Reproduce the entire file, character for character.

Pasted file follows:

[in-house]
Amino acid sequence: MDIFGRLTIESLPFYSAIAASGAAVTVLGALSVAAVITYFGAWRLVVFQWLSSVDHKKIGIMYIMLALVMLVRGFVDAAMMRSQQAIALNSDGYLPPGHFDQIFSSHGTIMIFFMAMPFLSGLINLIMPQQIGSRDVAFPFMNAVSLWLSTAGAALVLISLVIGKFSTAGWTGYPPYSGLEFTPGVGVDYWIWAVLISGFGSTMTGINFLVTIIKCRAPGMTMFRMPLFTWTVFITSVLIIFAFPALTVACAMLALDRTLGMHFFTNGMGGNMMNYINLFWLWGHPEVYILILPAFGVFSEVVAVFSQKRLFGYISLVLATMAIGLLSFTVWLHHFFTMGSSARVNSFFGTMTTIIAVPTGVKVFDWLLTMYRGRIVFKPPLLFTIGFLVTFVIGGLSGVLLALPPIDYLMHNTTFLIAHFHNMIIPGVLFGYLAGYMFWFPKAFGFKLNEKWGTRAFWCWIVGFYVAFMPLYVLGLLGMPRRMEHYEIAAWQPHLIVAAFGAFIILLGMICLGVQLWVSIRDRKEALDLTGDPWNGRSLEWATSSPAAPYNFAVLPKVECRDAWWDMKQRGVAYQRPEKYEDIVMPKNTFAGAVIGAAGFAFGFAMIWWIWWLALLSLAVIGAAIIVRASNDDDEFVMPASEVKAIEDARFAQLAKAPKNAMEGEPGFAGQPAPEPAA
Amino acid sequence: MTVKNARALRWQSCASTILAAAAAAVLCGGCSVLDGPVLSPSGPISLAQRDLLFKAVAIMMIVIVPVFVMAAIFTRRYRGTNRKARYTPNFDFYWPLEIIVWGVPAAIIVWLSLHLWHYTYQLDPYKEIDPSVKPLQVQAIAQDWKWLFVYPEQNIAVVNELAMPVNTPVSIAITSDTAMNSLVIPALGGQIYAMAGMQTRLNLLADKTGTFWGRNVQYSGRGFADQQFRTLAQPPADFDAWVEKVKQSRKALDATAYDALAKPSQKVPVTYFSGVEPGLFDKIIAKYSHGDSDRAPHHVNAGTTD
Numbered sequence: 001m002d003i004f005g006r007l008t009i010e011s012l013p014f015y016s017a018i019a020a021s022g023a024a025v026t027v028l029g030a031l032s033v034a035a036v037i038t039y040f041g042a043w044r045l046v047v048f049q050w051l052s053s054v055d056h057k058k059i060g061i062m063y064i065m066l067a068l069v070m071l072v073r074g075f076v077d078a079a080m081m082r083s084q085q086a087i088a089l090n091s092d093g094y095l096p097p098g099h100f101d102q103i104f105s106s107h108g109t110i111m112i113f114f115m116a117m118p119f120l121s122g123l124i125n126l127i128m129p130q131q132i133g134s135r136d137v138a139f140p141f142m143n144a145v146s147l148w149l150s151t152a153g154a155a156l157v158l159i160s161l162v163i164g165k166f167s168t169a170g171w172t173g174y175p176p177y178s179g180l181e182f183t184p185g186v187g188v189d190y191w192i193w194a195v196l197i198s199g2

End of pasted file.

[in-house]
Amino acid sequence: MDIFGRLTIESLPFYSAIAASGAAVTVLGALSVAAVITYFGAWRLVVFQWLSSVDHKKIGIMYIMLALVMLVRGFVDAAMMRSQQAIALNSDGYLPPGHFDQIFSSHGTIMIFFMAMPFLSGLINLIMPQQIGSRDVAFPFMNAVSLWLSTAGAALVLISLVIGKFSTAGWTGYPPYSGLEFTPGVGVDYWIWAVLISGFGSTMTGINFLVTIIKCRAPGMTMFRMPLFTWTVFITSVLIIFAFPALTVACAMLALDRTLGMHFFTNGMGGNMMNYINLFWLWGHPEVYILILPAFGVFSEVVAVFSQKRLFGYISLVLATMAIGLLSFTVWLHHFFTMGSSARVNSFFGTMTTIIAVPTGVKVFDWLLTMYRGRIVFKPPLLFTIGFLVTFVIGGLSGVLLALPPIDYLMHNTTFLIAHFHNMIIPGVLFGYLAGYMFWFPKAFGFKLNEKWGTRAFWCWIVGFYVAFMPLYVLGLLGMPRRMEHYEIAAWQPHLIVAAFGAFIILLGMICLGVQLWVSIRDRKEALDLTGDPWNGRSLEWATSSPAAPYNFAVLPKVECRDAWWDMKQRGVAYQRPEKYEDIVMPKNTFAGAVIGAAGFAFGFAMIWWIWWLALLSLAVIGAAIIVRASNDDDEFVMPASEVKAIEDARFAQLAKAPKNAMEGEPGFAGQPAPEPAA
Amino acid sequence: MTVKNARALRWQSCASTILAAAAAAVLCGGCSVLDGPVLSPSGPISLAQRDLLFKAVAIMMIVIVPVFVMAAIFTRRYRGTNRKARYTPNFDFYWPLEIIVWGVPAAIIVWLSLHLWHYTYQLDPYKEIDPSVKPLQVQAIAQDWKWLFVYPEQNIAVVNELAMPVNTPVSIAITSDTAMNSLVIPALGGQIYAMAGMQTRLNLLADKTGTFWGRNVQYSGRGFADQQFRTLAQPPADFDAWVEKVKQSRKALDATAYDALAKPSQKVPVTYFSGVEPGLFDKIIAKYSHGDSDRAPHHVNAGTTD
Numbered sequence: 001m002d003i004f005g006r007l008t009i010e011s012l013p014f015y016s017a018i019a020a021s022g023a024a025v026t027v028l029g030a031l032s033v034a035a036v037i038t039y040f041g042a043w044r045l046v047v048f049q050w051l052s053s054v055d056h057k058k059i060g061i062m063y064i065m066l067a068l069v070m071l072v073r074g075f076v077d078a079a080m081m082r083s084q085q086a087i088a089l090n091s092d093g094y095l096p097p098g099h100f101d102q103i104f105s106s107h108g109t110i111m112i113f114f115m116a117m118p119f120l121s122g123l124i125n126l127i128m129p130q131q132i133g134s135r136d137v138a139f140p141f142m143n144a145v146s147l148w149l150s151t152a153g154a155a156l157v158l159i160s161l162v163i164g165k166f167s168t169a170g171w172t173g174y175p176p177y178s179g180l181e182f183t184p185g186v187g188v189d190y191w192i193w194a195v196l197i198s199g2